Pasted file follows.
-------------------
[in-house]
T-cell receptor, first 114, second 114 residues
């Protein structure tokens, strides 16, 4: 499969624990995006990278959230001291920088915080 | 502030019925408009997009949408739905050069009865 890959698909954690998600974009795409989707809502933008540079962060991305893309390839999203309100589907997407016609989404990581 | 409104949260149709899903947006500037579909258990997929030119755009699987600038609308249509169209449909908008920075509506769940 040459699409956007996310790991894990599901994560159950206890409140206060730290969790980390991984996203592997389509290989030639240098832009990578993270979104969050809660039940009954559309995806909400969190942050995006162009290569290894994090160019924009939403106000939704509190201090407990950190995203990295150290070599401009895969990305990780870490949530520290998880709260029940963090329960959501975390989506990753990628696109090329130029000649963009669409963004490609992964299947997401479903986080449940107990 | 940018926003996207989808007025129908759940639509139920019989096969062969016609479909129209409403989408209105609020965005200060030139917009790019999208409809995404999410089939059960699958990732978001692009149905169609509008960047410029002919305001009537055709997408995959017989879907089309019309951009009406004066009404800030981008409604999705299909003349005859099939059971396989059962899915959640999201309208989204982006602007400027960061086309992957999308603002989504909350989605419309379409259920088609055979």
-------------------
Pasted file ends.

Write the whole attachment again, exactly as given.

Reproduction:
[in-house]
T-cell receptor, first 114, second 114 residues
């Protein structure tokens, strides 16, 4: 499969624990995006990278959230001291920088915080 | 502030019925408009997009949408739905050069009865 890959698909954690998600974009795409989707809502933008540079962060991305893309390839999203309100589907997407016609989404990581 | 409104949260149709899903947006500037579909258990997929030119755009699987600038609308249509169209449909908008920075509506769940 040459699409956007996310790991894990599901994560159950206890409140206060730290969790980390991984996203592997389509290989030639240098832009990578993270979104969050809660039940009954559309995806909400969190942050995006162009290569290894994090160019924009939403106000939704509190201090407990950190995203990295150290070599401009895969990305990780870490949530520290998880709260029940963090329960959501975390989506990753990628696109090329130029000649963009669409963004490609992964299947997401479903986080449940107990 | 940018926003996207989808007025129908759940639509139920019989096969062969016609479909129209409403989408209105609020965005200060030139917009790019999208409809995404999410089939059960699958990732978001692009149905169609509008960047410029002919305001009537055709997408995959017989879907089309019309951009009406004066009404800030981008409604999705299909003349005859099939059971396989059962899915959640999201309208989204982006602007400027960061086309992957999308603002989504909350989605419309379409259920088609055979």